Interim CDC Guidance for Polio Vaccination for Travel to and From Countries Affected by Wild Poliovirus

Gregory S. Wallace, MD; Jane F. Seward, MBBS; Mark A. Pallansch, PhD

Disclosures

Morbidity and Mortality Weekly Report. 2014;63(27):591-594. 

In This Article

Introduction

In the prevaccine era, infection with wild poliovirus (WPV) was common worldwide, with seasonal peaks and epidemics in the summer and fall in temperate areas. The incidence of poliomyelitis in the United States declined rapidly after the licensure of inactivated polio vaccine (IPV) in 1955 and live oral polio vaccine (OPV) in the 1960s.[1] The last cases of indigenously acquired WPV in the United States occurred in 1979, the last WPV case in a U.S. resident traveling abroad occurred in 1986, and the last WPV imported case was in 1993.[2,3] Since 2000, the United States has exclusively used IPV, resulting in prevention of 8–10 vaccine-associated paralytic poliomyelitis cases annually. In 2005, an unvaccinated U.S. adult traveling abroad acquired vaccine-associated paralytic poliomyelitis after contact with an infant recently vaccinated with OPV.[4]

The Global Polio Eradication Initiative has made great progress in eradicating WPV, reducing the number of reported polio cases worldwide by >99% since the late 1980s. Only three countries remain in which WPV circulation has never been interrupted: Afghanistan, Nigeria, and Pakistan. However, polio could be brought into the United States from countries where WPV is circulating. During the last 6 months, 10 countries have had active transmission of WPV, and four of these countries have exported WPV to other countries. In the last 10 years, at least 40 polio-free countries have been affected through international travel.[5]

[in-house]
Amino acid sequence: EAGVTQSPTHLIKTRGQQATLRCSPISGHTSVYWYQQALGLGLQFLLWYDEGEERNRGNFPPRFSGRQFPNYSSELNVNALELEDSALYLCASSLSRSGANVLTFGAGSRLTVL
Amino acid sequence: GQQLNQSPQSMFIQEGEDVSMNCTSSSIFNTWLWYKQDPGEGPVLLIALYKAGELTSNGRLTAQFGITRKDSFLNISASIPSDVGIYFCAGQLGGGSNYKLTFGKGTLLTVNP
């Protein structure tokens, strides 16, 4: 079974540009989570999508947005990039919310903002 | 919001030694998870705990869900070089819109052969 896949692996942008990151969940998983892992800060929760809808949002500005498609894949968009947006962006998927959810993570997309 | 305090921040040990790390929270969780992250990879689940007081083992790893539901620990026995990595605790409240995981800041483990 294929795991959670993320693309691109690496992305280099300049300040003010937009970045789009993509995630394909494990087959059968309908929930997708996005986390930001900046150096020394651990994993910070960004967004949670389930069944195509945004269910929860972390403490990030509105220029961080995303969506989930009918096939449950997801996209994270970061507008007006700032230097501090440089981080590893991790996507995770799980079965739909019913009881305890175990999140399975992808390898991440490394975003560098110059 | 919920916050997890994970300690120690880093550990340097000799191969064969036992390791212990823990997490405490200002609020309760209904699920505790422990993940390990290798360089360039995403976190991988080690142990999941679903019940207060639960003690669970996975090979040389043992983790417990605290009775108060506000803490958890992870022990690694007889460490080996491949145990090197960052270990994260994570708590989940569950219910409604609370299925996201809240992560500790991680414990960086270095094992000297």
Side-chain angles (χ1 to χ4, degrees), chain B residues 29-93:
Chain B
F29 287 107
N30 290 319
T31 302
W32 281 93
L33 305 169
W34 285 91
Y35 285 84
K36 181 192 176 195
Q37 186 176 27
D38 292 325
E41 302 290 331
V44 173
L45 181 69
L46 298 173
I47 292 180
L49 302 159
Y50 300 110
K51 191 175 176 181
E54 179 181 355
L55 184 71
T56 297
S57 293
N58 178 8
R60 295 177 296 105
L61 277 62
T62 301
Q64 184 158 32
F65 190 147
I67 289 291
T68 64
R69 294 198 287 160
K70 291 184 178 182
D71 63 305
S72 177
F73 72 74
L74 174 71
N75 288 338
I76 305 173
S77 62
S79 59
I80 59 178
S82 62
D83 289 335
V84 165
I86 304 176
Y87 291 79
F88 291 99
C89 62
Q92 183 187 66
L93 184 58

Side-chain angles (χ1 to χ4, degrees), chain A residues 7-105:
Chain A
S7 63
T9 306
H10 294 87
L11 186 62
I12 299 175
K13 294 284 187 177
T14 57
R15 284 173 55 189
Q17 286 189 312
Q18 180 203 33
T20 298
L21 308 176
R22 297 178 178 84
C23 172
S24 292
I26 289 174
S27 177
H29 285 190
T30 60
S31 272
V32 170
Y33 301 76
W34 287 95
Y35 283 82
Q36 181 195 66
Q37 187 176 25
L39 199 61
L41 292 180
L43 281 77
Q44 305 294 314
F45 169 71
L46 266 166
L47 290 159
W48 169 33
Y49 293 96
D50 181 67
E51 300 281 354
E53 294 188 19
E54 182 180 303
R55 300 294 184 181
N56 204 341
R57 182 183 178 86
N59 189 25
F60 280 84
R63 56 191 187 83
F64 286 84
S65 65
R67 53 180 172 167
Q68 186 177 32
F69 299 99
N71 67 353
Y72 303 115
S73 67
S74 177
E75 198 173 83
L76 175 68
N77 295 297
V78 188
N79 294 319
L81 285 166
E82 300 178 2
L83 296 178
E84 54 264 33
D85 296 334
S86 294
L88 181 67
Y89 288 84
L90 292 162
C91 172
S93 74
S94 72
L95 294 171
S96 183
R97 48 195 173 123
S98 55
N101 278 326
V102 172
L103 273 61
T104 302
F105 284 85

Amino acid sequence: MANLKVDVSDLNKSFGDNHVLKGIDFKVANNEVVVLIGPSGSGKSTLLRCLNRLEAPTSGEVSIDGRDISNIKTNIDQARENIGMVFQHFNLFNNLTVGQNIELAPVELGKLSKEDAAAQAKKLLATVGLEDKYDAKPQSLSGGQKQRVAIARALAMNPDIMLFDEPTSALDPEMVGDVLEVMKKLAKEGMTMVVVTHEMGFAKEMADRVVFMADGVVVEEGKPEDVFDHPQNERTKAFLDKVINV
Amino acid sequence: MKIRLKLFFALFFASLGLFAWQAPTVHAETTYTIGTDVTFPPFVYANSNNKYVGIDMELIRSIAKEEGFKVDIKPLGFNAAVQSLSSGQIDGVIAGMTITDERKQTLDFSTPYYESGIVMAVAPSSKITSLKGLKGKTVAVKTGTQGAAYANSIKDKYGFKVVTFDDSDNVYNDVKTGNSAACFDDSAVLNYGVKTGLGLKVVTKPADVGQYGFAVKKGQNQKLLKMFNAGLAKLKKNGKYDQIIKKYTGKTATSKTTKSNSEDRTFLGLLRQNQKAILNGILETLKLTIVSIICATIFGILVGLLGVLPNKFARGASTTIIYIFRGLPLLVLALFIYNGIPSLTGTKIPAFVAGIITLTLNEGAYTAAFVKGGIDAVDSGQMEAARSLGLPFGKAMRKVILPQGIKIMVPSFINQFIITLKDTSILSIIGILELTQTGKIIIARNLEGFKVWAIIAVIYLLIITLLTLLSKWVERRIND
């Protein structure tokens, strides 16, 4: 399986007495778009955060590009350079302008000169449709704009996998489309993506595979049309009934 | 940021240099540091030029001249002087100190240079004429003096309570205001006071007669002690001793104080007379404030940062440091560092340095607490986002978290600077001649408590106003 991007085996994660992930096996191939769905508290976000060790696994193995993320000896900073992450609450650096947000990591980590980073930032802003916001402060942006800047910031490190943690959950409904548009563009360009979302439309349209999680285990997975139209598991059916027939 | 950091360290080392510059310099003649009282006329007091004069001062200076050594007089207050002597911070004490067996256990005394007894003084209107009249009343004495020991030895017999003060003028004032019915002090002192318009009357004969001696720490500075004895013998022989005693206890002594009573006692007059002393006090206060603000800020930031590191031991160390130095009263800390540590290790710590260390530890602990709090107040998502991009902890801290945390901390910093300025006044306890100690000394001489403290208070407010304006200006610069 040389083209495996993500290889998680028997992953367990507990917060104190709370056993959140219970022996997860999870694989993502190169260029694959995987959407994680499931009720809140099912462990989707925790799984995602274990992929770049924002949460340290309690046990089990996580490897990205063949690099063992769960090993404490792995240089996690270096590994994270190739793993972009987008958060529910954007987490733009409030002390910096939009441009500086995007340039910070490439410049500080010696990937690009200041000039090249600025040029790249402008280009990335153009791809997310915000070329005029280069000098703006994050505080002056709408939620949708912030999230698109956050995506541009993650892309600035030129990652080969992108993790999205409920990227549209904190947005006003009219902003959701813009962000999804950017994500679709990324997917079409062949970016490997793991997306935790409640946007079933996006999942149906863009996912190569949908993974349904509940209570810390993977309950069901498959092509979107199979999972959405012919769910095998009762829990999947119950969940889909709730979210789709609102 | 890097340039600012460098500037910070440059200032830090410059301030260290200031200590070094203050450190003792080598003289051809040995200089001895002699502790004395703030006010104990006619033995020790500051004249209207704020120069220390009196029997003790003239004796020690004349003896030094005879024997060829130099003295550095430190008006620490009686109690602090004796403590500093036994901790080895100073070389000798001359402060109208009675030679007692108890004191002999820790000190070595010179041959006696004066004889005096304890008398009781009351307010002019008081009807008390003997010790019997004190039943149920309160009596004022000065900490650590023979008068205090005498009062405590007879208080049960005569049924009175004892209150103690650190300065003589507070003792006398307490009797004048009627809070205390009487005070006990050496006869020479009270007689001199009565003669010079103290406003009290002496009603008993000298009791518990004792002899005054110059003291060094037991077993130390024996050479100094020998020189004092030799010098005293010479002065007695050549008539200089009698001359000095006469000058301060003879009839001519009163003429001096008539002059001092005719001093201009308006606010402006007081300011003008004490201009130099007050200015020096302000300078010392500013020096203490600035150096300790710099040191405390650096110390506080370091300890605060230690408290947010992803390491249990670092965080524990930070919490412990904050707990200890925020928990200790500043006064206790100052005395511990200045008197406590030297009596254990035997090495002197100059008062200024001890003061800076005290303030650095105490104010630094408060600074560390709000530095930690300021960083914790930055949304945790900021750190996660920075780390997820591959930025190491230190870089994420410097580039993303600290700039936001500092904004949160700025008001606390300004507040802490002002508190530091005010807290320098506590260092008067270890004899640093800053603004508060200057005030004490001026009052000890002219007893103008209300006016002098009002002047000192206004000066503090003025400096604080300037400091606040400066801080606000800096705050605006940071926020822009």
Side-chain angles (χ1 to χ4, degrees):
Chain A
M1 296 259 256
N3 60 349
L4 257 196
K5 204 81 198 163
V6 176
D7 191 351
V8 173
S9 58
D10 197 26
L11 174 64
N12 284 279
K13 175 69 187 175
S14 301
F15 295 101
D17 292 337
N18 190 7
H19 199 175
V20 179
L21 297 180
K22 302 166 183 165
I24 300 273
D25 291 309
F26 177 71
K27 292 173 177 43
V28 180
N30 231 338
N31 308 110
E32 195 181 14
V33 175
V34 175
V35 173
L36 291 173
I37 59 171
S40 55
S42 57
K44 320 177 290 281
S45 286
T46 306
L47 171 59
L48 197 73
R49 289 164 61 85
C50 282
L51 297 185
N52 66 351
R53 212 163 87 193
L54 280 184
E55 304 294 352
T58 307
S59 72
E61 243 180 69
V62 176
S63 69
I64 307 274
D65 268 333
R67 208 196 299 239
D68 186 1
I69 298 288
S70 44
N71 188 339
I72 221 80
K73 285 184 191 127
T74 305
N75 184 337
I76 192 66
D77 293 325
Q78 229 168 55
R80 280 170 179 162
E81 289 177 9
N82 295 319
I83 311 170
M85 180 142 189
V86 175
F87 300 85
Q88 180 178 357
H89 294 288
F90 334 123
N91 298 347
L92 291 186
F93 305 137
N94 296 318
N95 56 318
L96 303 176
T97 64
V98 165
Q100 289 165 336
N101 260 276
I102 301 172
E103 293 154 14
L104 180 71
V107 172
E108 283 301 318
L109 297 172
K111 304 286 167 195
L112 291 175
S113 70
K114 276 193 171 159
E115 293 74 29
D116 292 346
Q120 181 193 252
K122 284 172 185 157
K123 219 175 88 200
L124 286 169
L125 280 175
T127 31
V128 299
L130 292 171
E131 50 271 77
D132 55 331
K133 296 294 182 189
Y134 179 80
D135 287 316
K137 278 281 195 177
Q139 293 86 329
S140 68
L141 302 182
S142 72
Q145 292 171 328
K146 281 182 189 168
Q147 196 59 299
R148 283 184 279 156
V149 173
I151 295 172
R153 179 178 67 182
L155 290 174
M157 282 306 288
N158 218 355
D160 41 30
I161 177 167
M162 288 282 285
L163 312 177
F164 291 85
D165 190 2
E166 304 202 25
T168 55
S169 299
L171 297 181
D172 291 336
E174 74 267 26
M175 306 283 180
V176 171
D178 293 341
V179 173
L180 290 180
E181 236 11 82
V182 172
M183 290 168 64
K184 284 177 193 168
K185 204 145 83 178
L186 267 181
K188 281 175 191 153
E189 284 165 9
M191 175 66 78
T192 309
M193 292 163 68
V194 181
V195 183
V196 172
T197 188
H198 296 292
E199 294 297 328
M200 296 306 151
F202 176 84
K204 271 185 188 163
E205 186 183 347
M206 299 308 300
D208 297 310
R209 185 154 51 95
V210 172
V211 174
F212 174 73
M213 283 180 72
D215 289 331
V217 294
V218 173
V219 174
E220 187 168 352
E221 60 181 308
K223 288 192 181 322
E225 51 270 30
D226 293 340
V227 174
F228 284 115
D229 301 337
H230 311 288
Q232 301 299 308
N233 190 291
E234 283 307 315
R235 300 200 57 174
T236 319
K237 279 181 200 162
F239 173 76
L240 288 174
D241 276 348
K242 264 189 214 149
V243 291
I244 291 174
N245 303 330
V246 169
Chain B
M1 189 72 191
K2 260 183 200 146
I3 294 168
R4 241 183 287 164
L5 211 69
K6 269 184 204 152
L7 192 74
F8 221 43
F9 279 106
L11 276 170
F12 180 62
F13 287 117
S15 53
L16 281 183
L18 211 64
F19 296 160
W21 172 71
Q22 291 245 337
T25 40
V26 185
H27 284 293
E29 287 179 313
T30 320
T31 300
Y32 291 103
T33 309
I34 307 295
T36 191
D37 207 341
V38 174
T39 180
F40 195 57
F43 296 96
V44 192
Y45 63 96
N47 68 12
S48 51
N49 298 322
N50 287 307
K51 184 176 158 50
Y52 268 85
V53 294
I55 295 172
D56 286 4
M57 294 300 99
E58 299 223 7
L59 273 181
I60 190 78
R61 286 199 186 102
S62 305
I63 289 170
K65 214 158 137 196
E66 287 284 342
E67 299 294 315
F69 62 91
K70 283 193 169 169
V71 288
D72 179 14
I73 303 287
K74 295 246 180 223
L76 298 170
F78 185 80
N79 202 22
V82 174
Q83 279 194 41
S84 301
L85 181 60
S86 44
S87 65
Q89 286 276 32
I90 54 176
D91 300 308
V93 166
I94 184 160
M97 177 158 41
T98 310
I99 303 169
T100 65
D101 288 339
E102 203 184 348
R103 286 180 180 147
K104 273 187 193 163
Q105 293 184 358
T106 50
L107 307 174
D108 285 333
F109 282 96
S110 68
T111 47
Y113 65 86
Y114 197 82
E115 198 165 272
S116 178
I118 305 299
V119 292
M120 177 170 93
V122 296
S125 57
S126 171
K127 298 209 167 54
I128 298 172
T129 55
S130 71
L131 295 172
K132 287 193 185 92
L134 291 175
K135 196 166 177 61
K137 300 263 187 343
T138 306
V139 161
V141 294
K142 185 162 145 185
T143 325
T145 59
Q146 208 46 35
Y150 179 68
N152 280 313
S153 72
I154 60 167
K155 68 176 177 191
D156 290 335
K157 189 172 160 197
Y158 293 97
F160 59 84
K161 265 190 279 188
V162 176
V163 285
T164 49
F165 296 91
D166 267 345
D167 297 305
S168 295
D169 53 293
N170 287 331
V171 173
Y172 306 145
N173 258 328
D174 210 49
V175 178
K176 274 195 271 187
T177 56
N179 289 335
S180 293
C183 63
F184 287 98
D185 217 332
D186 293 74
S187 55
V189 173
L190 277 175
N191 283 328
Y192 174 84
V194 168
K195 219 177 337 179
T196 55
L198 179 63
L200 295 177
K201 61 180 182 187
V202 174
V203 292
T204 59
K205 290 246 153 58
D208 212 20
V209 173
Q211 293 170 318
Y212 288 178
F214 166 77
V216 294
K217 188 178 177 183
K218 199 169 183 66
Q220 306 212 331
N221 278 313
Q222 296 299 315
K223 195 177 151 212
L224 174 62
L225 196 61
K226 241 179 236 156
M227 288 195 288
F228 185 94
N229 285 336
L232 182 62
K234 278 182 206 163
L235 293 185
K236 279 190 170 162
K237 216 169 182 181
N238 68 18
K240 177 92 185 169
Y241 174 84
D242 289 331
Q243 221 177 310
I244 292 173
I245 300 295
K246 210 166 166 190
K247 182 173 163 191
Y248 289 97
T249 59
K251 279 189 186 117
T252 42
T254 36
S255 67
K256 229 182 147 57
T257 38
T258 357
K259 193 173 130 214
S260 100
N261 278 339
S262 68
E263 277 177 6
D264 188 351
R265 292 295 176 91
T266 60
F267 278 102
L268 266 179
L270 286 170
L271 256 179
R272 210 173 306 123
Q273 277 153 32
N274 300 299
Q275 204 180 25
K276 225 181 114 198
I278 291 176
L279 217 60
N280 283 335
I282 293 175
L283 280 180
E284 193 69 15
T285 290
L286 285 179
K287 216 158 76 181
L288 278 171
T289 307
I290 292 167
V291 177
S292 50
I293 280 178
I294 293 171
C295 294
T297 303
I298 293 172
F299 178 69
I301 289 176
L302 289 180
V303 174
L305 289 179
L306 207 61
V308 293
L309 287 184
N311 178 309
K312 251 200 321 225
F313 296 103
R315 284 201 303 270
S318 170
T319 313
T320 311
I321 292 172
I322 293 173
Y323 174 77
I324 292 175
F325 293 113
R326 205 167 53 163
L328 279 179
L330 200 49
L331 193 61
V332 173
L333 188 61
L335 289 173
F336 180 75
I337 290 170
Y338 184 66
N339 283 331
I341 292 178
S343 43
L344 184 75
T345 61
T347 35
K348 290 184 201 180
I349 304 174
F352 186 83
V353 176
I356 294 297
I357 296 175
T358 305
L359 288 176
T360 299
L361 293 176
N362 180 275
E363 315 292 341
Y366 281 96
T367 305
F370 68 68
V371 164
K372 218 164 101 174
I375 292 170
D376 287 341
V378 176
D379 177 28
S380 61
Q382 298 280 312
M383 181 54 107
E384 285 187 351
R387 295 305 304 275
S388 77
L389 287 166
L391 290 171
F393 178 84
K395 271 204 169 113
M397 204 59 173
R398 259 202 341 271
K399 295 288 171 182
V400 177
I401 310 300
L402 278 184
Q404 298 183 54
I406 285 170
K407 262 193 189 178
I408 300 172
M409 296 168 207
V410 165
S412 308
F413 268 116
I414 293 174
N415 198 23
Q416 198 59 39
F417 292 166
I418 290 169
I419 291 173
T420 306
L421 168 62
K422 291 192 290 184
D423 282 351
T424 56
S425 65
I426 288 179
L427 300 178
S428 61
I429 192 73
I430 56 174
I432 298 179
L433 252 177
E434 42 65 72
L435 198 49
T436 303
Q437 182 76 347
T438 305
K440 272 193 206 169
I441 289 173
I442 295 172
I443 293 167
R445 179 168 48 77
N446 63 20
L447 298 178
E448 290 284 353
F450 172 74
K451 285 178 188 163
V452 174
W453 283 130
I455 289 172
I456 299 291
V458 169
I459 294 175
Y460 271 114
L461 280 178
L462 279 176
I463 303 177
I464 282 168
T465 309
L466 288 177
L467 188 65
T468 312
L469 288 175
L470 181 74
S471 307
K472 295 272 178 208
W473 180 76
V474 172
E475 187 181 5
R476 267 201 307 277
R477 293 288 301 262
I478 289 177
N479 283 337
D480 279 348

In 2012, the completion of polio eradication was declared a programmatic emergency by the World Health Assembly.[6] On May 5, 2014, the director-general of the World Health Organization (WHO) declared the international spread of polio to be a public health emergency of international concern under the authority of the International Health Regulations[7] and issued temporary vaccination recommendations for travelers from countries with active WPV transmission to prevent further spread of the disease.[8] On June 2, 2014, CDC issued a health alert providing guidance to U.S. clinicians regarding new WHO polio vaccination requirements for travel by residents of and long-term visitors to countries with active poliovirus transmission.[9] This report provides an update on CDC policy for polio vaccination of travelers for health protection. It also provides additional interim guidance for physicians whose U.S. resident patients will travel to or reside in affected countries for >4 weeks, to ensure those patients will have evidence of administration of polio vaccine (IPV or OPV) within 12 months of travel that might be required when they depart from countries with active poliovirus transmission. This interim guidance is to ensure compliance with WHO International Health Regulations temporary recommendations for countries designated as "polio-infected" to reduce the risk for exportation of WPV from those countries.

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